To better understand the fundamental error at hand, it is crucial to grasp one thing: advertisers do NOT know how to communicate. Not in the slightest. They miss the mark entirely. They lack a fundamental understanding of what communication truly means. It is as if they don't even make an effort. And the reason is simple: communication is a dialogue, not merely a shout. Dialogue implies that during the communication process, Joe says something to Jill, and Jill responds to Joe. But advertisers don't grasp this concept. They believe that it is solely Joe who speaks to Jill, and nothing more. The advertiser fails to comprehend that communication ALWAYS and EXCLUSIVELY occurs in duplex. And this does not contradict what was mentioned earlier. The point is that communication requires alternating between two states: the first is, of course, actively speaking, while the second is passively listening. Yet, the advertiser disregards the second factor, deluding themselves into believing that passive listening is a given.

Advertisers approach communication as a one-way street, where their primary focus is on conveying their message without considering the importance of dialogue. They overlook the essence of genuine exchange and fail to recognize that communication is a collaborative process that requires active participation from all parties involved. By neglecting the significance of passive listening, they undermine the potential for true understanding and connection.

If you were to search the market for a course on "passive listening," you would find it to be nearly nonexistent. Besides the fact that "passive" has become almost an insult, the issue lies in the fact that when it comes to communication, everyone wants others to receive what they think, and very few are willing to understand what others are asking for. This has catastrophic effects, especially in business relationships, where a "good communicator" is often seen as someone who delivers an "effective slide," rather than questioning whether the effective slide has been equally effective in listening. Want to know the truth? Nobody gives a damn about your "effective slide," and after five minutes, everyone has forgotten about it. If instead of conducting your survey five minutes after the end of the presentation, you did it a week later, you would easily discover that no one remembers anything. It was incredibly effective, it achieved the WOW effect, and now it's stored away in the same drawer as adult films. They may be highly effective and one-way, with all the WOW you want, but I challenge you to remember the title.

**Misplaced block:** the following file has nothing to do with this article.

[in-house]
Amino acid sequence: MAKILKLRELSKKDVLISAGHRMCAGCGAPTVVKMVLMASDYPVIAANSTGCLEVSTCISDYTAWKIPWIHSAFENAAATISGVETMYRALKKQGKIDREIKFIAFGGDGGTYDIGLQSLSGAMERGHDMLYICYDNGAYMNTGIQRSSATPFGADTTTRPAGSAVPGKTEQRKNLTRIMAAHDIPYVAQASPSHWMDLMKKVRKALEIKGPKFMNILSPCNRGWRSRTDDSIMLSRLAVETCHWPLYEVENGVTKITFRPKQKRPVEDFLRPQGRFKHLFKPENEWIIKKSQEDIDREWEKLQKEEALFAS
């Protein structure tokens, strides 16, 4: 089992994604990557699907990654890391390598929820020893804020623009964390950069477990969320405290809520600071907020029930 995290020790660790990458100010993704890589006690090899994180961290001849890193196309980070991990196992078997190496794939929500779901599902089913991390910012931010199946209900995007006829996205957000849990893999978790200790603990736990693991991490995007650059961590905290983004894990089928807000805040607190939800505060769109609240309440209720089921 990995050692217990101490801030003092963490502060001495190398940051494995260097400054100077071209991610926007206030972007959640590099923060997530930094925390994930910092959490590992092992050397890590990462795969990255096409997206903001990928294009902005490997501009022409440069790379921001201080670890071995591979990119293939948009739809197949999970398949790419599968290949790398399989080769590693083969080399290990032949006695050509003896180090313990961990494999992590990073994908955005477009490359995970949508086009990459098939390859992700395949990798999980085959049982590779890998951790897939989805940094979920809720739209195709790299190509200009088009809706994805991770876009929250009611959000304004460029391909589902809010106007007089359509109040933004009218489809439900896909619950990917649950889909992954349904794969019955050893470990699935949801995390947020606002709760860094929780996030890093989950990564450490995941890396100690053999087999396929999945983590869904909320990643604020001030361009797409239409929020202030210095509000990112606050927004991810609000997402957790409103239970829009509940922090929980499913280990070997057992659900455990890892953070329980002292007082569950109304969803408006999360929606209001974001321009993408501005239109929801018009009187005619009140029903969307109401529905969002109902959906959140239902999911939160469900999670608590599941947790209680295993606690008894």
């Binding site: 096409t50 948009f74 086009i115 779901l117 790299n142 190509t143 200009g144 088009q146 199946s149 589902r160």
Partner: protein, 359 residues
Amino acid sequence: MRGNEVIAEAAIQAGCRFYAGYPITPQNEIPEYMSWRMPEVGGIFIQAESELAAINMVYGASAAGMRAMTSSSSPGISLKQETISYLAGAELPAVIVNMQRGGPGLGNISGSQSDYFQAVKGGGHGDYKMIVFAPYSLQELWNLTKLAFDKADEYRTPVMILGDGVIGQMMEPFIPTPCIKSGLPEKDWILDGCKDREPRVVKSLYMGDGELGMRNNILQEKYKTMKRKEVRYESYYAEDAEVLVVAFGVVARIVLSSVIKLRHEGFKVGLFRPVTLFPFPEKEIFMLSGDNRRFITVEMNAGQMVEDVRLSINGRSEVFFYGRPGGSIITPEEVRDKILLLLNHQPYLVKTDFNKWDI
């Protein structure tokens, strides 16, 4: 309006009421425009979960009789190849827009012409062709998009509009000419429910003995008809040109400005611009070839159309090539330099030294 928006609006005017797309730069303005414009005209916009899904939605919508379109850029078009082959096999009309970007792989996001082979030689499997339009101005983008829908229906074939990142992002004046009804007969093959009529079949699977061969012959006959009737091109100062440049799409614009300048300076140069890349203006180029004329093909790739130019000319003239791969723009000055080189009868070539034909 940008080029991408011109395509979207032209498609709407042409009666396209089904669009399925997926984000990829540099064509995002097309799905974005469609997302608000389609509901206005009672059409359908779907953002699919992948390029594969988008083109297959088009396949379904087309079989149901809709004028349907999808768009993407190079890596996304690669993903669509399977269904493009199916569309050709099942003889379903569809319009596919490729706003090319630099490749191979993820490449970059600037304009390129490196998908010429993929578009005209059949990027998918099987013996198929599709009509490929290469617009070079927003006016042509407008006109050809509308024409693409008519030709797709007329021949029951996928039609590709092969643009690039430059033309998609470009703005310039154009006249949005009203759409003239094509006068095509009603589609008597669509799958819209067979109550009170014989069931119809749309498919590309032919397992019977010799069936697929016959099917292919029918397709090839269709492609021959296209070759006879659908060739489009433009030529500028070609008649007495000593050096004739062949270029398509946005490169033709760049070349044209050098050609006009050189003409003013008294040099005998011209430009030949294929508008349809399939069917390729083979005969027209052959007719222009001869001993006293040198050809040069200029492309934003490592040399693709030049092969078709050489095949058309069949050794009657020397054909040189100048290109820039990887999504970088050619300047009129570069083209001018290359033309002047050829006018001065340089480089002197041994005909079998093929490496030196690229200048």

You think your presentation was "effective"? Here is what you did.

In the video you saw , and I hope you "saw it" instead of "watched it", there is everything that advertisers believe  "communication" is. A format. A mere format that is now so overengineered as to completely overpower the content. Let's be clear about one thing: this TED had no content, except that it wanted to CAUSE the birth of content in our minds. Reflection. But this requires having listened to it passively. If you don't listen to it passively, or at all, you will get the impression that the author has said something important. He is not mocking communication. On the contrary: he is using it perfectly. Both in the way advertisers use it and in the way YOU make slides because you've been advised to do so. And the video also told you what people hear. Nothing. None of the business communication techniques have the slightest ability to deliver a message. None. None of them, not even yours, dear reader. None of them work, and that's the reason I'm on my fourth communications course , as are all my colleagues, and so are you in IT: The manager complains that he doesn't understand you. And there's a reason for that: he doesn't listen to you. And to understand a technical person saying technical things, you have to listen to him passively.

In our attempt to become masters of communication, we have completely sacrificed listening. Now, no one listens anymore, and our messages fall on deaf ears.It's like we're children talking to ourselves. We say our things, but we never really listen to each other. And so, we fail to communicate anything.

Advertisers are the masters of this game. They're good at saying the right things, but they never really listen. And so, their messages have no effect. It's a vicious circle. We don't listen, so advertisers don't listen, and so on. And in the end, we all lose. Meaning, advertisement is not relevant anymore.

We have forgotten to analyze the difference between sympathy and empathy. Sympathy is not being an audience, but being a chorus, repeating what the speaker says. On the contrary, empathy is a passive listening approach. It is what we do when we read a book, or when we are interested in a person, or when we care about what they say.

By overestimating advertisers, considering them as the masters of communication when they are not even apprentices, as they are so incompetent, we have imitated their style of non-communication, until we have become unable to communicate. Facing any human interaction without listening is like stepping into a ring with your eyes closed. Unless you are fighting with another blind person, you are destined to end up very badly.

The world is full of people who talk, but do not listen. They talk to feel important, to make themselves heard, to impose their opinions. But they do not listen. They do not listen to what others have to say, they do not listen to their experiences, they do not listen to their feelings.

Like advertisers do.

If you're invited to a communication course where they don't talk about passive listening, run away. These courses are a waste of time. Communication is not about sending messages. It's about reading them. 

Just look at the cleavage of your colleagues. Think about your own business. Enjoy the free food. And watch as your classmates get frustrated. They're trying so hard to send brilliant messages. But you're not listening. And you're getting better results than them.

It's your "black magic".